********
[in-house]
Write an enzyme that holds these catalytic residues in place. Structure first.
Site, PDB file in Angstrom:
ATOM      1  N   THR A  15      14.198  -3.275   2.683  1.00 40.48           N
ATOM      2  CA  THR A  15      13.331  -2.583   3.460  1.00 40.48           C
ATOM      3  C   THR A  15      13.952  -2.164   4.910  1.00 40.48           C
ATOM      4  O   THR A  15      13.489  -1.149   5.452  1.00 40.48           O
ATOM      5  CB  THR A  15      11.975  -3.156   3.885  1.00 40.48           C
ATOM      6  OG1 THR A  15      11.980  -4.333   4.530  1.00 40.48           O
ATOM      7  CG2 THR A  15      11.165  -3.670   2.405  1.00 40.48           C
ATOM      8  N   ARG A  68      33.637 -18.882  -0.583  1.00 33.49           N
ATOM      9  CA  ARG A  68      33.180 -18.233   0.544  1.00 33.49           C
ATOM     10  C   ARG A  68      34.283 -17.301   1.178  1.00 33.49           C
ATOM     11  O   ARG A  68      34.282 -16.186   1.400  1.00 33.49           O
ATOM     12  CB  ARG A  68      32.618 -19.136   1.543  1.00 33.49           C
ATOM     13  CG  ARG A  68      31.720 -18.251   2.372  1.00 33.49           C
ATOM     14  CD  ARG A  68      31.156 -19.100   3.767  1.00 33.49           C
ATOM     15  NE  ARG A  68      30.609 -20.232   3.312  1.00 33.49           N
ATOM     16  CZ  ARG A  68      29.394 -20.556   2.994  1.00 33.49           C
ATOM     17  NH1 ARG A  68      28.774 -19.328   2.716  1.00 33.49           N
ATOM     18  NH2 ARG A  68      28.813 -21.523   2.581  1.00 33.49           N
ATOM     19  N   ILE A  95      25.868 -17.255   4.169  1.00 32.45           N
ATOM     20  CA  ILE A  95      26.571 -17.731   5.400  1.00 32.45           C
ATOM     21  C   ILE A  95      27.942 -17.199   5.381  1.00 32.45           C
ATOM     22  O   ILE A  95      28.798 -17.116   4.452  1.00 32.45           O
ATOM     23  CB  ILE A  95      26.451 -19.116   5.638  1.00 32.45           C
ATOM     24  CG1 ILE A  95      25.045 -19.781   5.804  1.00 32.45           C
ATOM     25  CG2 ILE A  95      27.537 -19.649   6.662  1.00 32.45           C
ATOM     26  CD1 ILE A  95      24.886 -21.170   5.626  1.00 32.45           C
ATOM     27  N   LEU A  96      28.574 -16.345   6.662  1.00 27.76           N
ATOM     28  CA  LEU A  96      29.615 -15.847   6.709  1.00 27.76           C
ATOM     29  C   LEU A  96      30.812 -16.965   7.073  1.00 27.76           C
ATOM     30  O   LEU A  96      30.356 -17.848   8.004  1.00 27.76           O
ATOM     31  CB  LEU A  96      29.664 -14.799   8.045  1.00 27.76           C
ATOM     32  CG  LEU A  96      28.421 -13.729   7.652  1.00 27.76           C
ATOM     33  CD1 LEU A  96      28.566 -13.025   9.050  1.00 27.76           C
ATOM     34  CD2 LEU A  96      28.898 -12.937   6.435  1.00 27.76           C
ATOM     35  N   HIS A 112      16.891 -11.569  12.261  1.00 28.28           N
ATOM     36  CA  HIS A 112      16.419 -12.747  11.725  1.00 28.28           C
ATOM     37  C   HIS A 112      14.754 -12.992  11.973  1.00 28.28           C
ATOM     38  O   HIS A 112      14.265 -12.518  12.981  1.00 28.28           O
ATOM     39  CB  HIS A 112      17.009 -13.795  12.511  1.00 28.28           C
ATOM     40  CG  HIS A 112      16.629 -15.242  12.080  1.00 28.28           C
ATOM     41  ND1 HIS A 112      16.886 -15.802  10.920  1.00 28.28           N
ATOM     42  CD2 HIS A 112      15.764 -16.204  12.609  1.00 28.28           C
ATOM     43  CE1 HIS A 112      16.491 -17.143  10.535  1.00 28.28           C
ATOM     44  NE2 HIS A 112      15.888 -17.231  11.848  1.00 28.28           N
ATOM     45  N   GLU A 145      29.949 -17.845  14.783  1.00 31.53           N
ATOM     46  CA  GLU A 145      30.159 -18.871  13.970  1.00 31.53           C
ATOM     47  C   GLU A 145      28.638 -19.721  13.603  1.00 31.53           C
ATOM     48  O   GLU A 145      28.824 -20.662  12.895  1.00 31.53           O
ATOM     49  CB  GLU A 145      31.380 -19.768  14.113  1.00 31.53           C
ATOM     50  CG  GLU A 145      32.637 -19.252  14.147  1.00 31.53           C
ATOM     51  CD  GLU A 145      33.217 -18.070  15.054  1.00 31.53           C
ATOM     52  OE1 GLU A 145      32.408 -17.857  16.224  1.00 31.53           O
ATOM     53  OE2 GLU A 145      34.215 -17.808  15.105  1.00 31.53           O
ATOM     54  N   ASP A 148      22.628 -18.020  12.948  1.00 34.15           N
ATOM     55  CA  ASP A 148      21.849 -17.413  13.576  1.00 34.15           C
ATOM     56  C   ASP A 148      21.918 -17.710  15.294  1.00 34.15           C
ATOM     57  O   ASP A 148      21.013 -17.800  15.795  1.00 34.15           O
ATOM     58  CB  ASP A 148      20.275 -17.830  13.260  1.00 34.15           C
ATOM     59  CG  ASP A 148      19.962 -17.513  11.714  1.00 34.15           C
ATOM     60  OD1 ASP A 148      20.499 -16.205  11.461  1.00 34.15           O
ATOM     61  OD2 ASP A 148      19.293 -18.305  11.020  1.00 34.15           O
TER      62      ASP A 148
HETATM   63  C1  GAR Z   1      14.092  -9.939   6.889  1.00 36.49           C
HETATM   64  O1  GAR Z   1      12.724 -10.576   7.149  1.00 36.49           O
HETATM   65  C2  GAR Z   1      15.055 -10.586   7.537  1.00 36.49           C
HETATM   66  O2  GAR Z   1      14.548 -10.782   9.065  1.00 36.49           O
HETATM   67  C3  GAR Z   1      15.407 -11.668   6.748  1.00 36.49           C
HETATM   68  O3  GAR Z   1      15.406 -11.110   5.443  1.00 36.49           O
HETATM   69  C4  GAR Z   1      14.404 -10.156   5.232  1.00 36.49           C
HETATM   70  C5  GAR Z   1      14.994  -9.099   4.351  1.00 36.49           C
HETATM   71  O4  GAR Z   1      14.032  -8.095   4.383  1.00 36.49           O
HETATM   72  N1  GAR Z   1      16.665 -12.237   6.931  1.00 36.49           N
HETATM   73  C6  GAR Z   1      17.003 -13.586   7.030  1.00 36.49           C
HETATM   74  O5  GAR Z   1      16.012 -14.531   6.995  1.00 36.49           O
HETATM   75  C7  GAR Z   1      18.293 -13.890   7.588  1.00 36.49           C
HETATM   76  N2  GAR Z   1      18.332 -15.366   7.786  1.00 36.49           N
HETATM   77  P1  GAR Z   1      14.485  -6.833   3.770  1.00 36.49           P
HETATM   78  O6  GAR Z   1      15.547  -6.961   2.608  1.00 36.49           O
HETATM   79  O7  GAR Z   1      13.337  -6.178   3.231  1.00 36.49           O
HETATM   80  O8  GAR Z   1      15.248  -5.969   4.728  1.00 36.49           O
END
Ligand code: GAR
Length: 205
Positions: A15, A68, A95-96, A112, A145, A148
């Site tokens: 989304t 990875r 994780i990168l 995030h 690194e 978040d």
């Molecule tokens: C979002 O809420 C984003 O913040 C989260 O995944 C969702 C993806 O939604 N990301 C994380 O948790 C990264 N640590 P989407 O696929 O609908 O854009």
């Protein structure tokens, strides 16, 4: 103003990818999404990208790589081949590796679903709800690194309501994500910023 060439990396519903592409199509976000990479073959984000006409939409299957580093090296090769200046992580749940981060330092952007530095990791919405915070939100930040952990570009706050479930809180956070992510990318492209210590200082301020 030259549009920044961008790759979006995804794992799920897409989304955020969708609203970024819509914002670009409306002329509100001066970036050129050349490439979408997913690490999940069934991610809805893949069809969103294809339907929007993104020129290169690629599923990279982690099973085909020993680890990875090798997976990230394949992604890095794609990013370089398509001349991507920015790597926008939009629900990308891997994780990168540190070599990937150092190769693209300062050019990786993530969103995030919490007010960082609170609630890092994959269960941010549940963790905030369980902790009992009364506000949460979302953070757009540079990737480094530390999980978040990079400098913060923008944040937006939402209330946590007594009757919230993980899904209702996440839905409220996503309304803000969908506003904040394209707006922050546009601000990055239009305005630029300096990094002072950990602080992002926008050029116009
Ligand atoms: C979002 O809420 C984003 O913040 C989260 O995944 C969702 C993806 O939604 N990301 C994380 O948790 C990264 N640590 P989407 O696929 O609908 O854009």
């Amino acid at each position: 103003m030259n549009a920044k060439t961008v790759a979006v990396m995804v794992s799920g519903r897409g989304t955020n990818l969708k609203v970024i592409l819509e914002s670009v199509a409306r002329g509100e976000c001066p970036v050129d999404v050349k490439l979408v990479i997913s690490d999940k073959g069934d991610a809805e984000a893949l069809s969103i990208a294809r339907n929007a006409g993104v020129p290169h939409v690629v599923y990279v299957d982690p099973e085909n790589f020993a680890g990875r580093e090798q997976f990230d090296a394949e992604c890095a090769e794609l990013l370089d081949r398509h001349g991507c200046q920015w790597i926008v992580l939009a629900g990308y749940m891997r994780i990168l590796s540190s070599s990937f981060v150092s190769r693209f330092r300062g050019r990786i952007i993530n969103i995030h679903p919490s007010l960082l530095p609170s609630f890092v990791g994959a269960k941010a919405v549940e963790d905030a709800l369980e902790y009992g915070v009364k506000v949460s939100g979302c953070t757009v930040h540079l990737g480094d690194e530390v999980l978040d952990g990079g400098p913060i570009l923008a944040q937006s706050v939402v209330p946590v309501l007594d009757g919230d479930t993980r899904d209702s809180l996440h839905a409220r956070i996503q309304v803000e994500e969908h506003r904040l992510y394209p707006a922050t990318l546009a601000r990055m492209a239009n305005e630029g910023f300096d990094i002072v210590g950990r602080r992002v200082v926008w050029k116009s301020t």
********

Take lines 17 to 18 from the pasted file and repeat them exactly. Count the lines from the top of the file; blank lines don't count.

ATOM     14  CD  ARG A  68      31.156 -19.100   3.767  1.00 33.49           C
ATOM     15  NE  ARG A  68      30.609 -20.232   3.312  1.00 33.49           N